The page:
Total knee replacement (TKR) is a safe treatment for alleviating pain and restoring physical function in end-stage arthropathy of the knee. First reports of TKR in haemophiliacs date back to the mid-1970s, however detailed information on long-term outcome is scarce. This study evaluated factors influencing the outcome of 116 primary TKRs performed consecutively over 14 years at a single institution. Haemostatic management is discussed in patients with and without inhibitors. Orthopaedic outcome was measured by using the Hospital for Special Surgery knee-rating scale, knee flexion contracture and range of motion. At the end of follow-up period (median duration: 5·1 years) 96 prostheses (83%) were still in place with a 7-year removal-free survival of 81%, similar between human immunodeficiency virus-positive and -negative patients and lower in inhibitor than non-inhibitor patients (44% vs. 87%; P <0·05). Sixteen prostheses (14%) were removed for infection (nine) or aseptic loosening (seven) after a median of 4·5 years. Presence of inhibitors, continuous infusion, cementless prostheses and different primary surgeons were associated with an increased risk of infection; however, after adjustment, only primary surgeon was confirmed as an independent risk factor. These results show that TKR represents a safe and effective procedure in haemophiliacs if performed by a highly experienced surgeon.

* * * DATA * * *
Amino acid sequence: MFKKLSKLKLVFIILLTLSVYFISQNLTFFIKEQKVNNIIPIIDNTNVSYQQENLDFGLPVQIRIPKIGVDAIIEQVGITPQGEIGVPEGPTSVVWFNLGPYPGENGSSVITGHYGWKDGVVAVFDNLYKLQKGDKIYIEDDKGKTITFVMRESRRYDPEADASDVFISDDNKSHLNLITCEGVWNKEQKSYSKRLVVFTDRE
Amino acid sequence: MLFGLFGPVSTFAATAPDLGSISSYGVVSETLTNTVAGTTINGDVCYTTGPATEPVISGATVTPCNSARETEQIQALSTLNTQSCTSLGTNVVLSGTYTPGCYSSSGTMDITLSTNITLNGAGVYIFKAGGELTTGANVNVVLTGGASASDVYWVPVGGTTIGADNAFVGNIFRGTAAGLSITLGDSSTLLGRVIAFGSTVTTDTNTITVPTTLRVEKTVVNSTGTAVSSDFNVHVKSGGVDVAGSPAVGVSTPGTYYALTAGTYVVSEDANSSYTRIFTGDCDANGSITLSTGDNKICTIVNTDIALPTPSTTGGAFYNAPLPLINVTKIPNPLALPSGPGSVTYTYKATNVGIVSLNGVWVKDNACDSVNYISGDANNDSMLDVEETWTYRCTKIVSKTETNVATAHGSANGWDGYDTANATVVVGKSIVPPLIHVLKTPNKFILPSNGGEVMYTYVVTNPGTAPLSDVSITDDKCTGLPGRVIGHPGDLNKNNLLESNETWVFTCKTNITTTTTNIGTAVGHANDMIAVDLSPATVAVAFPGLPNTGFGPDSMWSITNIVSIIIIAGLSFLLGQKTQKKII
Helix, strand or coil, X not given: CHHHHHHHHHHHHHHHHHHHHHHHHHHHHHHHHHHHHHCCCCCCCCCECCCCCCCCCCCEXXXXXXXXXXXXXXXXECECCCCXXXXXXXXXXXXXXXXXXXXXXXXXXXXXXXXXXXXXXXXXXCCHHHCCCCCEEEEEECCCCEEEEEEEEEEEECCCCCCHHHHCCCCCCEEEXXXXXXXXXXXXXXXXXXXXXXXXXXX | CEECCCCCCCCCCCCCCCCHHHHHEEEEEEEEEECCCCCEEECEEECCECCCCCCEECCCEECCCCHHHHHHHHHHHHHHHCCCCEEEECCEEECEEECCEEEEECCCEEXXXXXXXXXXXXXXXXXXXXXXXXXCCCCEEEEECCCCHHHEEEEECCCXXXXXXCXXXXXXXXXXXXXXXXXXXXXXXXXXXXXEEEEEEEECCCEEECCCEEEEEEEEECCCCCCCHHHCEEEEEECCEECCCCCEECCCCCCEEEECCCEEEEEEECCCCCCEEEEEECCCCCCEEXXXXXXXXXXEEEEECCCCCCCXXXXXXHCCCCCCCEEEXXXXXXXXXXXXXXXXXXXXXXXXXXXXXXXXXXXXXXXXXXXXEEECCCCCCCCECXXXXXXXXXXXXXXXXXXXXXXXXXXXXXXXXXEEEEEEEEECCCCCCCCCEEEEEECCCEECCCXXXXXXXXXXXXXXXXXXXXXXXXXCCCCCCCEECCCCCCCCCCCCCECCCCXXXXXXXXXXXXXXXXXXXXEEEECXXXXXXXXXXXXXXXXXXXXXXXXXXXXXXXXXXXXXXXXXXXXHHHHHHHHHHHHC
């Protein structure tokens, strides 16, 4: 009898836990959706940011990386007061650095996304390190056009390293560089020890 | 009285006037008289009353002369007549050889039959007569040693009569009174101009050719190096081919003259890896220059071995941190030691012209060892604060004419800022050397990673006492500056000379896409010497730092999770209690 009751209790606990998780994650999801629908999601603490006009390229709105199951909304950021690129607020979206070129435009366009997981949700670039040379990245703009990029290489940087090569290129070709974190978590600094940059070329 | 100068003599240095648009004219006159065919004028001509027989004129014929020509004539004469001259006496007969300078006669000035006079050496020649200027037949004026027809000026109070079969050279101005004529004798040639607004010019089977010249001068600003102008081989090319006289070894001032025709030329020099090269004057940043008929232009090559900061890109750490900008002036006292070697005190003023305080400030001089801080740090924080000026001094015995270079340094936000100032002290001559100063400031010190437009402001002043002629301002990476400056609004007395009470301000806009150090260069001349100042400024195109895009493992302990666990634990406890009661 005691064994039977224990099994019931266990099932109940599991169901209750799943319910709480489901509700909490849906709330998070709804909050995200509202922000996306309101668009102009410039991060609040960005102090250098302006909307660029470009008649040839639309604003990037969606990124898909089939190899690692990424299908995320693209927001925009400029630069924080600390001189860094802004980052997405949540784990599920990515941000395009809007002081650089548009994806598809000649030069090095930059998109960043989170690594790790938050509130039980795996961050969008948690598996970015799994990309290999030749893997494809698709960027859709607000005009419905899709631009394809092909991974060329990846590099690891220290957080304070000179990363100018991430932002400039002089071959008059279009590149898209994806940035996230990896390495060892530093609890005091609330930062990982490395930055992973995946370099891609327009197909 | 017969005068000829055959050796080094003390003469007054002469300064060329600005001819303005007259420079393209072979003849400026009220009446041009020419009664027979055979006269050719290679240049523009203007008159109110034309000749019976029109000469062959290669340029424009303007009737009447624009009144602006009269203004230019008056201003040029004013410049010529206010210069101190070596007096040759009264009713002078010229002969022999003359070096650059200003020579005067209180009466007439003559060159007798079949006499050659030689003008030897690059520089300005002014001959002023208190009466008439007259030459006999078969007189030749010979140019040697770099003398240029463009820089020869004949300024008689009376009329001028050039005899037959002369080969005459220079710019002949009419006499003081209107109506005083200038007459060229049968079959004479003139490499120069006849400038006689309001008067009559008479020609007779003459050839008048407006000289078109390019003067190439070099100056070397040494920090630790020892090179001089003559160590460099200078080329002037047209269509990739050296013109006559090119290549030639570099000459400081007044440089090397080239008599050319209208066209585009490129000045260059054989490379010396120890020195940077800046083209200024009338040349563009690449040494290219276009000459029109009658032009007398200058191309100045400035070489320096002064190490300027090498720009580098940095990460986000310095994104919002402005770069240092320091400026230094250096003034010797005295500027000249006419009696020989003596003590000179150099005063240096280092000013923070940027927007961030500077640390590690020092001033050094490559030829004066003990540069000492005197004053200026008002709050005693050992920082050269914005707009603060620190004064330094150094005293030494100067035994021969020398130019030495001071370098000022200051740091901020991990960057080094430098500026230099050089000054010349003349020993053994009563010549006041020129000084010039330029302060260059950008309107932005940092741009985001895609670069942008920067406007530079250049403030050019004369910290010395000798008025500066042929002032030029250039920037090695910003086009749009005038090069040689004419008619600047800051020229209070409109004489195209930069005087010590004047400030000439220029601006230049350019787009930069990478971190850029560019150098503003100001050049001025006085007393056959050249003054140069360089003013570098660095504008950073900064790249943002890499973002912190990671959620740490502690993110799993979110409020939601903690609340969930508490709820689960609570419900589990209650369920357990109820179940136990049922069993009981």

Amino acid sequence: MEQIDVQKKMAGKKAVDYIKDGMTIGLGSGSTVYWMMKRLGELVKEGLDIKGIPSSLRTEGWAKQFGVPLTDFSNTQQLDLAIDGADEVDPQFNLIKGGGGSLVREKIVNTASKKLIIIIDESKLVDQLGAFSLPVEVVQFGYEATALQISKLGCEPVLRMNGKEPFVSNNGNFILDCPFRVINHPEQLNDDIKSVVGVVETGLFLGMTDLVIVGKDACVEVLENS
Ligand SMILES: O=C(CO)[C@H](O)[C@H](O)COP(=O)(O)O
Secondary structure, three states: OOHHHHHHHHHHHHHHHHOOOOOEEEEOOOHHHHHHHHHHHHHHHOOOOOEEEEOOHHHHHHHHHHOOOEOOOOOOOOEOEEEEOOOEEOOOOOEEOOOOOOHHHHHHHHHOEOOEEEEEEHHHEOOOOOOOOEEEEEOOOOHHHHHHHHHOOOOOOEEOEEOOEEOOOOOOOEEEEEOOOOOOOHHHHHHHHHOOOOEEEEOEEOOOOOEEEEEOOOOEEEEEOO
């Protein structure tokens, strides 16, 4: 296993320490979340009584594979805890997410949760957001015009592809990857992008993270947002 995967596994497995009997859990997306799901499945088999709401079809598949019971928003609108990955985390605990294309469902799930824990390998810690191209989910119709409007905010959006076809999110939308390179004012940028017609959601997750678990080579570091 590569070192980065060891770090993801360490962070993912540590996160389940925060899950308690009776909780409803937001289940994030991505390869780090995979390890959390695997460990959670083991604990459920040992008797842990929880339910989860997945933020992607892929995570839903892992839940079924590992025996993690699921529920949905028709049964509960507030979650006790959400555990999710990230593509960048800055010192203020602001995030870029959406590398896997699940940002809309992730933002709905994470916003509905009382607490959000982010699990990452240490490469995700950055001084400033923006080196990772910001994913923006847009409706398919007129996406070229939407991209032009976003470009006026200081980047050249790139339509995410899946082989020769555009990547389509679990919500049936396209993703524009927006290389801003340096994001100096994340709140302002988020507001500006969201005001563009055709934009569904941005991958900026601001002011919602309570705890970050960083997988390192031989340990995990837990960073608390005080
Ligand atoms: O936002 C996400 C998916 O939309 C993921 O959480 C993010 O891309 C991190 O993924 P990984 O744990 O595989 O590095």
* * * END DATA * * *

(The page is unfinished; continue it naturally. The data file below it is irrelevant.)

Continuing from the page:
- Total knee replacement
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